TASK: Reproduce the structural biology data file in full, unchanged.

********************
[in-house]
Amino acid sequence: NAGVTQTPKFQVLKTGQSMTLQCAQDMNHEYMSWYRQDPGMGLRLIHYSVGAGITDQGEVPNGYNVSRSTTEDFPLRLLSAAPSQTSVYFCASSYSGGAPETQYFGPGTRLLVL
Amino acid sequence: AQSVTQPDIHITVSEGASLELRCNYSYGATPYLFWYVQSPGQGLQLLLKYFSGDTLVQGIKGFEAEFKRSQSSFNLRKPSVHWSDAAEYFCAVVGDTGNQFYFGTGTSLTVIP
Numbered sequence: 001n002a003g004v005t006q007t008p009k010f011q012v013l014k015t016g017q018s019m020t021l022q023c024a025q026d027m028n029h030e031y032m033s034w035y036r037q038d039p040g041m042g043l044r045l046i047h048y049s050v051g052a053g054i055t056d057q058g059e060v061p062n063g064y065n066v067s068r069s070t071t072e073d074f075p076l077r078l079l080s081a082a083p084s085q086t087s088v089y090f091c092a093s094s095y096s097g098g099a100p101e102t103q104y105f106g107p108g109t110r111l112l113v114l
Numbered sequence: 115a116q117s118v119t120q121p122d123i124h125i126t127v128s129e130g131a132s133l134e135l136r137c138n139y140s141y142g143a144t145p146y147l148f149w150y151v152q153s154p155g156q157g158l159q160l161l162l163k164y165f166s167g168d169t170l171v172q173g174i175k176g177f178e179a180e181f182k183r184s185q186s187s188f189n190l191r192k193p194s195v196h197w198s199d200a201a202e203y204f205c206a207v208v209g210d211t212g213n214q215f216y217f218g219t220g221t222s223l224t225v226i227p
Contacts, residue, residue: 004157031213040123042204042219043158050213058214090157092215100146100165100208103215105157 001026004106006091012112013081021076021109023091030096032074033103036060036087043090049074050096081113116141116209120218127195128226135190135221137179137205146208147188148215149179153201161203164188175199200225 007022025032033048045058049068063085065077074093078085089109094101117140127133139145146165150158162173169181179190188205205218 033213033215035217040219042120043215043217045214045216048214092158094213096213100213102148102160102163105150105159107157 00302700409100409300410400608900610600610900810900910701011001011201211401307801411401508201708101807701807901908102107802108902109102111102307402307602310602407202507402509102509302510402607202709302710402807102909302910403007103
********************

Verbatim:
[in-house]
Amino acid sequence: NAGVTQTPKFQVLKTGQSMTLQCAQDMNHEYMSWYRQDPGMGLRLIHYSVGAGITDQGEVPNGYNVSRSTTEDFPLRLLSAAPSQTSVYFCASSYSGGAPETQYFGPGTRLLVL
Amino acid sequence: AQSVTQPDIHITVSEGASLELRCNYSYGATPYLFWYVQSPGQGLQLLLKYFSGDTLVQGIKGFEAEFKRSQSSFNLRKPSVHWSDAAEYFCAVVGDTGNQFYFGTGTSLTVIP
Numbered sequence: 001n002a003g004v005t006q007t008p009k010f011q012v013l014k015t016g017q018s019m020t021l022q023c024a025q026d027m028n029h030e031y032m033s034w035y036r037q038d039p040g041m042g043l044r045l046i047h048y049s050v051g052a053g054i055t056d057q058g059e060v061p062n063g064y065n066v067s068r069s070t071t072e073d074f075p076l077r078l079l080s081a082a083p084s085q086t087s088v089y090f091c092a093s094s095y096s097g098g099a100p101e102t103q104y105f106g107p108g109t110r111l112l113v114l
Numbered sequence: 115a116q117s118v119t120q121p122d123i124h125i126t127v128s129e130g131a132s133l134e135l136r137c138n139y140s141y142g143a144t145p146y147l148f149w150y151v152q153s154p155g156q157g158l159q160l161l162l163k164y165f166s167g168d169t170l171v172q173g174i175k176g177f178e179a180e181f182k183r184s185q186s187s188f189n190l191r192k193p194s195v196h197w198s199d200a201a202e203y204f205c206a207v208v209g210d211t212g213n214q215f216y217f218g219t220g221t222s223l224t225v226i227p
Contacts, residue, residue: 004157031213040123042204042219043158050213058214090157092215100146100165100208103215105157 001026004106006091012112013081021076021109023091030096032074033103036060036087043090049074050096081113116141116209120218127195128226135190135221137179137205146208147188148215149179153201161203164188175199200225 007022025032033048045058049068063085065077074093078085089109094101117140127133139145146165150158162173169181179190188205205218 033213033215035217040219042120043215043217045214045216048214092158094213096213100213102148102160102163105150105159107157 00302700409100409300410400608900610600610900810900910701011001011201211401307801411401508201708101807701807901908102107802108902109102111102307402307602310602407202507402509102509302510402607202709302710402807102909302910403007103